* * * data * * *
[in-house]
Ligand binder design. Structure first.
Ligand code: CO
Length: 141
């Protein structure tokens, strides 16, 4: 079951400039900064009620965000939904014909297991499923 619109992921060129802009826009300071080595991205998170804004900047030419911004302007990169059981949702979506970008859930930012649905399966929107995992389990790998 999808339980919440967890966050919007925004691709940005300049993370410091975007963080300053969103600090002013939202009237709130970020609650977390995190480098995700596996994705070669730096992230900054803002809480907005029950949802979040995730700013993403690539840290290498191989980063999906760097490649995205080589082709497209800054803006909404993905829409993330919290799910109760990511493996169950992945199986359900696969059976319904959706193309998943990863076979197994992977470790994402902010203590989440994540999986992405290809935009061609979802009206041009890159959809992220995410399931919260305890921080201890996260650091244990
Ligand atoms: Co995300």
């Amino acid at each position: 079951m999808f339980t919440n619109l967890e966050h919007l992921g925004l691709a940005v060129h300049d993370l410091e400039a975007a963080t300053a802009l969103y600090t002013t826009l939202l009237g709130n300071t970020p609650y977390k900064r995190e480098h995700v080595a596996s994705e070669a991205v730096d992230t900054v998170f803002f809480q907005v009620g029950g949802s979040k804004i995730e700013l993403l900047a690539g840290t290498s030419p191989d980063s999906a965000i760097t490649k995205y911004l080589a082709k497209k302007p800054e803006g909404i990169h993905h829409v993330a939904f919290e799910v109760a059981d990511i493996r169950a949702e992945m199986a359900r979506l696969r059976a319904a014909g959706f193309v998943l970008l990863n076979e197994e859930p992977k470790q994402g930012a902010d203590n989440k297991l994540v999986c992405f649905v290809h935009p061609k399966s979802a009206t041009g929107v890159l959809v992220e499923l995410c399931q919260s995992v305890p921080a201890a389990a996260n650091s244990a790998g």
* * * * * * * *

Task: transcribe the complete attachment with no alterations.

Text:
[in-house]
Ligand binder design. Structure first.
Ligand code: CO
Length: 141
């Protein structure tokens, strides 16, 4: 079951400039900064009620965000939904014909297991499923 619109992921060129802009826009300071080595991205998170804004900047030419911004302007990169059981949702979506970008859930930012649905399966929107995992389990790998 999808339980919440967890966050919007925004691709940005300049993370410091975007963080300053969103600090002013939202009237709130970020609650977390995190480098995700596996994705070669730096992230900054803002809480907005029950949802979040995730700013993403690539840290290498191989980063999906760097490649995205080589082709497209800054803006909404993905829409993330919290799910109760990511493996169950992945199986359900696969059976319904959706193309998943990863076979197994992977470790994402902010203590989440994540999986992405290809935009061609979802009206041009890159959809992220995410399931919260305890921080201890996260650091244990
Ligand atoms: Co995300």
């Amino acid at each position: 079951m999808f339980t919440n619109l967890e966050h919007l992921g925004l691709a940005v060129h300049d993370l410091e400039a975007a963080t300053a802009l969103y600090t002013t826009l939202l009237g709130n300071t970020p609650y977390k900064r995190e480098h995700v080595a596996s994705e070669a991205v730096d992230t900054v998170f803002f809480q907005v009620g029950g949802s979040k804004i995730e700013l993403l900047a690539g840290t290498s030419p191989d980063s999906a965000i760097t490649k995205y911004l080589a082709k497209k302007p800054e803006g909404i990169h993905h829409v993330a939904f919290e799910v109760a059981d990511i493996r169950a949702e992945m199986a359900r979506l696969r059976a319904a014909g959706f193309v998943l970008l990863n076979e197994e859930p992977k470790q994402g930012a902010d203590n989440k297991l994540v999986c992405f649905v290809h935009p061609k399966s979802a009206t041009g929107v890159l959809v992220e499923l995410c399931q919260s995992v305890p921080a201890a389990a996260n650091s244990a790998g």